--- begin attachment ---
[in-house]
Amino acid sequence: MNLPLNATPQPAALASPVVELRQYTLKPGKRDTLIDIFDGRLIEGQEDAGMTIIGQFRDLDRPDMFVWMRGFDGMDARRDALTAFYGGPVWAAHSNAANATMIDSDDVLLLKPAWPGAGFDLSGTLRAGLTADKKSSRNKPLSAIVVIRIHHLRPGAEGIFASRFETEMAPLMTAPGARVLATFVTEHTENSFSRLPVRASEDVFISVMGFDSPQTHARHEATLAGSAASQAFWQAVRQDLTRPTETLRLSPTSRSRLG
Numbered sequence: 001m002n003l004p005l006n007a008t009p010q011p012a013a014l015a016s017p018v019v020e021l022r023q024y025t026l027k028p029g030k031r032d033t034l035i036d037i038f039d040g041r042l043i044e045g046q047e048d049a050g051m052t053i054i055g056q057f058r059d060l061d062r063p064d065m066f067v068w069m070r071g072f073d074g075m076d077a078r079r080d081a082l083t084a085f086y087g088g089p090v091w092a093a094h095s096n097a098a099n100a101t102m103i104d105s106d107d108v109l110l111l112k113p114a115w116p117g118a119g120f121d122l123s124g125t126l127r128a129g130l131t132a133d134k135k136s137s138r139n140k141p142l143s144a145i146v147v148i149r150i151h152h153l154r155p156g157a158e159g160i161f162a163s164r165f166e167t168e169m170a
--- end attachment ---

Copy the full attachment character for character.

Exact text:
[in-house]
Amino acid sequence: MNLPLNATPQPAALASPVVELRQYTLKPGKRDTLIDIFDGRLIEGQEDAGMTIIGQFRDLDRPDMFVWMRGFDGMDARRDALTAFYGGPVWAAHSNAANATMIDSDDVLLLKPAWPGAGFDLSGTLRAGLTADKKSSRNKPLSAIVVIRIHHLRPGAEGIFASRFETEMAPLMTAPGARVLATFVTEHTENSFSRLPVRASEDVFISVMGFDSPQTHARHEATLAGSAASQAFWQAVRQDLTRPTETLRLSPTSRSRLG
Numbered sequence: 001m002n003l004p005l006n007a008t009p010q011p012a013a014l015a016s017p018v019v020e021l022r023q024y025t026l027k028p029g030k031r032d033t034l035i036d037i038f039d040g041r042l043i044e045g046q047e048d049a050g051m052t053i054i055g056q057f058r059d060l061d062r063p064d065m066f067v068w069m070r071g072f073d074g075m076d077a078r079r080d081a082l083t084a085f086y087g088g089p090v091w092a093a094h095s096n097a098a099n100a101t102m103i104d105s106d107d108v109l110l111l112k113p114a115w116p117g118a119g120f121d122l123s124g125t126l127r128a129g130l131t132a133d134k135k136s137s138r139n140k141p142l143s144a145i146v147v148i149r150i151h152h153l154r155p156g157a158e159g160i161f162a163s164r165f166e167t168e169m170a